“It’s hard to know what you can do with security the way it is,” said John Russell, an expert in Iraqi archaeology at the Massachusetts College of Art who spent several months in Baghdad coordinating cultural reconstruction for the State Department. “The museum will open some day, but for now it’s right to keep a low profile. Nobody wants to be responsible for a disaster.”
Least of all Mr. George, who at 55 sees himself as standing guard over his country’s history. A love of the outdoor life marked him from childhood, when he would fish with his father, hunt with his grandfather and lead expeditions of scouts. He was set to study English literature at Baghdad University but was steered to a French literature class that he said held no interest for him. He went to see the assistant dean, who told him that the only other opening was in archaeology. “I asked if that meant living in tents and excavating sites, and when he said yes, I jumped at the opportunity,” Mr. George recalled.
What he found was an intellectual passion that has endured to this day — one that brings perspective. “There are stages such as these, and then there are stages of calm,” Mr. George reflected. “Each can last 100 years, but it passes. A famous Sumerian writer described the scene here in 2000 B.C., saying that people are looting and killing and nobody knows who the king is. So you see, nothing is new.”
Well, a few things are: Mr. George was sitting in a comfortable office with cellphones, a computer, the Internet. American money and American experts have produced results.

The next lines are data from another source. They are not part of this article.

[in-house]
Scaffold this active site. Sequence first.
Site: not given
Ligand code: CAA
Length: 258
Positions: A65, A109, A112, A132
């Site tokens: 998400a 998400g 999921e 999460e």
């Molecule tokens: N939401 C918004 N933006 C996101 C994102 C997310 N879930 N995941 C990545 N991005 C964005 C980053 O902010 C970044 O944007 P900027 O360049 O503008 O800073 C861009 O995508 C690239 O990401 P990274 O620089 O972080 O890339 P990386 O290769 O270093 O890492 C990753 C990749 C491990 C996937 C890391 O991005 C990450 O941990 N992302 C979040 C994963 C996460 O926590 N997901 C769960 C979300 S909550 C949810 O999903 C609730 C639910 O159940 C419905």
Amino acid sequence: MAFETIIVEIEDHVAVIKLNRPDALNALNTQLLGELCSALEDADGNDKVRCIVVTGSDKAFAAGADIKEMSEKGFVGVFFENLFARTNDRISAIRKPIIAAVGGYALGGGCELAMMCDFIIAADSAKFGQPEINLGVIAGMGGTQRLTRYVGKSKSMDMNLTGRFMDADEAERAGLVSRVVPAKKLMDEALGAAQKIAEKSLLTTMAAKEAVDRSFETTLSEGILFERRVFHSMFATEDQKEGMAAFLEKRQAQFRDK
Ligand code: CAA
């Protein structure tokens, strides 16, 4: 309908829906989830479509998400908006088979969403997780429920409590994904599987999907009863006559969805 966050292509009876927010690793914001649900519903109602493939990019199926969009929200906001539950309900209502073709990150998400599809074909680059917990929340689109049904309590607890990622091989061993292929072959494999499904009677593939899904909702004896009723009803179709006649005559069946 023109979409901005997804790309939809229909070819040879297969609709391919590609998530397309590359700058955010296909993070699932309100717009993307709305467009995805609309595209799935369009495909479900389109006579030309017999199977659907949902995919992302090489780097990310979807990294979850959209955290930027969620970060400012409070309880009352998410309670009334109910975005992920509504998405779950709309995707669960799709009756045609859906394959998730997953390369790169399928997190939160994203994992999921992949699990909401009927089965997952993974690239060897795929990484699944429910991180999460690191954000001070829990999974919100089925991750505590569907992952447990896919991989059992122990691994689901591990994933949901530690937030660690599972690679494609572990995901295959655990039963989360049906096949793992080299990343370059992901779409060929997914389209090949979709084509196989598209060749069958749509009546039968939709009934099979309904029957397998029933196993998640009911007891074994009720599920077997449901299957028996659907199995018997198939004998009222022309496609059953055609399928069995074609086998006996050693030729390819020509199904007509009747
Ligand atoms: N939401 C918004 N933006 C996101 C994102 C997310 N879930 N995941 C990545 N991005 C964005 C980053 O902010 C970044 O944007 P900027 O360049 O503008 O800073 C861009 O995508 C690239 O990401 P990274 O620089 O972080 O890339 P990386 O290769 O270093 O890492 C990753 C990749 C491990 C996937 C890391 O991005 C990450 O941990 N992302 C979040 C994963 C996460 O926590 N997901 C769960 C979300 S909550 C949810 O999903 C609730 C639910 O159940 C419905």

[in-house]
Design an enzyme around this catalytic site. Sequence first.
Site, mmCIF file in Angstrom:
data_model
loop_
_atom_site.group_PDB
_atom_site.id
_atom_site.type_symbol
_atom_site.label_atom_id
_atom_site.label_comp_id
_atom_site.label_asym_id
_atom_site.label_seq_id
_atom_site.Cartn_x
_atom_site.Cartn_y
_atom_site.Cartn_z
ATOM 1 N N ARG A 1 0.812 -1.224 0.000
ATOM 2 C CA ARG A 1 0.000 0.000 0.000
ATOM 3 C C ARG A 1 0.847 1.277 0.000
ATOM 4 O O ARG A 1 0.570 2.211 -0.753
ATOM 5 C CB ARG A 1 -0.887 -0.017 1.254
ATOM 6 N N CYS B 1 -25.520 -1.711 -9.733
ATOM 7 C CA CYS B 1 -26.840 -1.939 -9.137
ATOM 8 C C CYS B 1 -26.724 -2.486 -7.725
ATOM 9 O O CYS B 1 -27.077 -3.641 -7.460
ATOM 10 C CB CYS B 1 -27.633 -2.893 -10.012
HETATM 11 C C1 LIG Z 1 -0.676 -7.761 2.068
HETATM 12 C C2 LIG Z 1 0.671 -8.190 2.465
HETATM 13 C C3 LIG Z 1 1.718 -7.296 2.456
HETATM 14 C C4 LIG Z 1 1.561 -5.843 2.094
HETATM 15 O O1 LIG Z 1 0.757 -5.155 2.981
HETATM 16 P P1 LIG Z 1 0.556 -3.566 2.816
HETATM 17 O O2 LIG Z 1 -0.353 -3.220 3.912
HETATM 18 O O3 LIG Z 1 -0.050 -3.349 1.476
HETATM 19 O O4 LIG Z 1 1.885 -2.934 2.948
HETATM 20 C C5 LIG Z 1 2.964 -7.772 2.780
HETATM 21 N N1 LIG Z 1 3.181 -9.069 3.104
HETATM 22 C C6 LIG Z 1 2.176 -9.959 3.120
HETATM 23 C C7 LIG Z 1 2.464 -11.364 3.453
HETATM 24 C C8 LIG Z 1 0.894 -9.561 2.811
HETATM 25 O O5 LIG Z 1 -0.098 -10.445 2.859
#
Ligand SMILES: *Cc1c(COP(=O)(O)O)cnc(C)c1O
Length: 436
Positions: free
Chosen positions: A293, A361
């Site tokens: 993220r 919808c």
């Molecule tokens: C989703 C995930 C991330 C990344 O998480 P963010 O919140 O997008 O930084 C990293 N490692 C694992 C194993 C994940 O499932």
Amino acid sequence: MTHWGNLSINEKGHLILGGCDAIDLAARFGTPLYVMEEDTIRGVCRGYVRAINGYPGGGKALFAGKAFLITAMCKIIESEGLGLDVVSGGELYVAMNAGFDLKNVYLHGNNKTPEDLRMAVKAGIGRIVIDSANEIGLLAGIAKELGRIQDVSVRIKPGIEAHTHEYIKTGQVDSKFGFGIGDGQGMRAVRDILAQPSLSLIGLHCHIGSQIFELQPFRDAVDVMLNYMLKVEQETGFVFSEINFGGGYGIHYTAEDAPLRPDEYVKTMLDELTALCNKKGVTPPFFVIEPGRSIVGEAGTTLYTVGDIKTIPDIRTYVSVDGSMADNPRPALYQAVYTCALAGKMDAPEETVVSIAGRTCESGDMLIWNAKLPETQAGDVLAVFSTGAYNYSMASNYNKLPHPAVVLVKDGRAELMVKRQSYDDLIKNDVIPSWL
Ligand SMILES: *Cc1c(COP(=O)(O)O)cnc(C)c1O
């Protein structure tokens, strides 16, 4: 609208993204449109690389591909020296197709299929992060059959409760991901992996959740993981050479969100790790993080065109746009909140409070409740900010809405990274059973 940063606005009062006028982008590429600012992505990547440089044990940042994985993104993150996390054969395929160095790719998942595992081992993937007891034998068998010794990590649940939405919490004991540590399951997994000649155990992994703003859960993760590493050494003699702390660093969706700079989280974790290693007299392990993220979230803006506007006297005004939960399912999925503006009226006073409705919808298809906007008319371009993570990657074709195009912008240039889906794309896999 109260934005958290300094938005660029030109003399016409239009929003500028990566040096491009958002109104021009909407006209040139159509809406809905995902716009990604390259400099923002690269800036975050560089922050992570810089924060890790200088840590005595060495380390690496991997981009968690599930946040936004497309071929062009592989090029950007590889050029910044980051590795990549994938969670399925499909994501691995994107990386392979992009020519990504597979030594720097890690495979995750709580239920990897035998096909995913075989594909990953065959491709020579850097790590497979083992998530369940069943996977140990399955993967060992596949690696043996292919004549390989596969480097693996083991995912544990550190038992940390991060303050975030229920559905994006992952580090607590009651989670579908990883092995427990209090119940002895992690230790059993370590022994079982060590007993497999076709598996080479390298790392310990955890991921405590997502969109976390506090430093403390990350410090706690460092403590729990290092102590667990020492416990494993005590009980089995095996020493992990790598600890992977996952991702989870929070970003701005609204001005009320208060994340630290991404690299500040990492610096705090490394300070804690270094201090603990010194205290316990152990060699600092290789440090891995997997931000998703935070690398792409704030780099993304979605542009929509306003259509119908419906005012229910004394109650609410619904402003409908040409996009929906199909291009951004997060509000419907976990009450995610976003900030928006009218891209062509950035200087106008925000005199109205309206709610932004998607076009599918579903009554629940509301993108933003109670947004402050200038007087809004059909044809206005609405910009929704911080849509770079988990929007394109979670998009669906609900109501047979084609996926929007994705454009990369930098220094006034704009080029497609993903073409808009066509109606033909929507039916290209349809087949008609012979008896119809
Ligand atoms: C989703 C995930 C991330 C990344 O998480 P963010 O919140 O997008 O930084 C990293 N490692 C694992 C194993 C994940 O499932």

More than $2 million from the State Department, the Packard Humanities Institute of Los Altos, Calif., and the Iraqi Culture Ministry have gotten the roof repaired, the telephone system transformed, the fences upgraded, guard houses built, the plumbing fixed, the windows washed, locks coordinated, the air-conditioning upgraded, surveillance cameras installed and an electronic security system activated.
After years of gradual decay under Mr. Hussein, the museum has had a face-lift.
“The assistance we have asked for from the State Department we have had, and we are grateful,” Mr. George said. Asked whether he thought guilt drove this American largess, he joked, “I would love them to feel that.”
But restoration is one thing, recovery another. Of the 15,000 pieces estimated to have been looted, many from museum storerooms, about 5,000 have been recovered. The identification has been complicated by the plundering of Iraqi archaeological sites since 2003, which has flooded the international market with items that are easily confused with museum pieces.
Most of the approximately 10,000 artifacts still missing are smaller items: gems, jewelry, terracotta figurines and cylinder seals. More than 40 larger unique pieces were stolen, like a 5,200-year-old mask from the Sumerian city of Warka, but most of those have been returned.
Mr. Russell said that the smaller artifacts “are easy enough to sell if you clean off the acquisition numbers.” Still, over time, he said, they may be identified and recovered if customs and law enforcement officials step up their efforts.